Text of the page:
Ericsson was the first company to deploy 5G on four continents. This has included being part of the rollout programme in our home continent Europe. We currently have 145 commercial agreements in 63 countries helping to spread digital capacity and European values across the globe.

If we are behind our global competitors, European digital sovereignty will be compromised

Börje Ekholm, CEO and President of Ericsson

Why is Europe behind in the rollout of 5G?

In Europe we have a problem: regulation leads. This tends to be at the cost of scale and innovation. Over 100 mobile operators are active within the EU’s Single Market, causing fragmentation which limits performance and scale.

This approach was appropriate 30 years ago when national monopolies were the norm and prices were high, but this is now outdated. 20 years ago, South Korea consolidated the telecoms sector and made it a priority to compete in the area globally. More recently, the US and India have consolidated their efforts into three operators, with digital leader China having just two operators. GSMA research found 3 player markets have 23% higher speeds and 25% more usage. A fragmented Europe is being left behind.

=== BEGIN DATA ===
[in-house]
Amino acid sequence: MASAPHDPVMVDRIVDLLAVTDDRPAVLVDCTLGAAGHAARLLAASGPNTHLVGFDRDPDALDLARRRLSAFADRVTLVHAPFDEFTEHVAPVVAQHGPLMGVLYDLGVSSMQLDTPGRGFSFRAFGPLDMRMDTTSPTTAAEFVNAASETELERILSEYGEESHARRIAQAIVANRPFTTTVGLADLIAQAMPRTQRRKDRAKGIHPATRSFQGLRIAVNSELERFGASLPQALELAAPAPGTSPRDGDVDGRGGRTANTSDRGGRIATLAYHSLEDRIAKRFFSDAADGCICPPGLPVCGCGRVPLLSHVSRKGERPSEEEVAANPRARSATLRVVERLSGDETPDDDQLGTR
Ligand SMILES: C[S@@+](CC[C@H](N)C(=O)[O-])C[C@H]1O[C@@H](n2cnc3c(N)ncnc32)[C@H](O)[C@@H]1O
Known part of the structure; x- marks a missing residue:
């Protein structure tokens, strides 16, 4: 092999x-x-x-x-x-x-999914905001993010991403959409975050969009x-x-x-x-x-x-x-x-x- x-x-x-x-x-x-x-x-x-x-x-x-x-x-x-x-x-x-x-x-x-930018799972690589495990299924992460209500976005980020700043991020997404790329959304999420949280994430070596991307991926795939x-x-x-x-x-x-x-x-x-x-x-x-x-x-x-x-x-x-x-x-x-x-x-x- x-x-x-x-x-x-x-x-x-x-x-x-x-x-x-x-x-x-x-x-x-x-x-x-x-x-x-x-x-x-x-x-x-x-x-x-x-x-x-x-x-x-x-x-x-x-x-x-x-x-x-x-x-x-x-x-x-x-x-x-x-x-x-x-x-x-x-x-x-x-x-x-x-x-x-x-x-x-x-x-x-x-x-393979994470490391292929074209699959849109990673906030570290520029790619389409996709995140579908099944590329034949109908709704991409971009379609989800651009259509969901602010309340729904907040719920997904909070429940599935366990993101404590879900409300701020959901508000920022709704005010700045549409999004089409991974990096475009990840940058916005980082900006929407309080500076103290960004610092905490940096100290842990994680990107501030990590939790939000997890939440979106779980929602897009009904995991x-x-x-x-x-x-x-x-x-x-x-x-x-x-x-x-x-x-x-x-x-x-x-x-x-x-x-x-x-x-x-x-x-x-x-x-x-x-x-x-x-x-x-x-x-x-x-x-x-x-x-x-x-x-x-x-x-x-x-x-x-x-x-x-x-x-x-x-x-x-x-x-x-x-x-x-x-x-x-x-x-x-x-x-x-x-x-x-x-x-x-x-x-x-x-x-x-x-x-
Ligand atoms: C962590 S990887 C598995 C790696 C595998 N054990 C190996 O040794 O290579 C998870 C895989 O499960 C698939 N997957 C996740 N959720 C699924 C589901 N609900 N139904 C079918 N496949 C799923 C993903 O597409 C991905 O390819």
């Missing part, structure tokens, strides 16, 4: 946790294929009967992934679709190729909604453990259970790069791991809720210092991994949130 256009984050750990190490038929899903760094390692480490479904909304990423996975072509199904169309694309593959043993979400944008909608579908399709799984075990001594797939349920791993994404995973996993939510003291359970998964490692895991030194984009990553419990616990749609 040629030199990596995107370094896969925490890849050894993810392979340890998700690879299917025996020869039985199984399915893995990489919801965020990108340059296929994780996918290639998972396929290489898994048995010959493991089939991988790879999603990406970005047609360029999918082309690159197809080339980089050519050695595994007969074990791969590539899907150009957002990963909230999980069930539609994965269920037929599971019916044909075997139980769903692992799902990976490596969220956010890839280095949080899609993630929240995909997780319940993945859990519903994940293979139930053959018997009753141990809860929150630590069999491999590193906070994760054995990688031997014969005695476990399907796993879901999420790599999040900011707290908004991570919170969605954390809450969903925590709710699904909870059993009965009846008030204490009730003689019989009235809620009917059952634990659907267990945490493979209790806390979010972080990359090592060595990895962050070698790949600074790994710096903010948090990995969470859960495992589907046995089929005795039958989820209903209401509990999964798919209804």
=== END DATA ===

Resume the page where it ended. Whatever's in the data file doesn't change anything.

As we enter the 5G era, the story is a familiar one. Three years after the launch of 5G, Europe is behind the US, China, South Korea, the Gulf states and Australia in building 5G. This year, India will have the best 5G network outside of China as part of the vision to create Digital India. Across all frontrunner countries, mobile markets have consolidated, establishing sustainable and competitive market structures where firms are incentivized to invest.

Why should we be concerned about Europe falling behind in the digital world?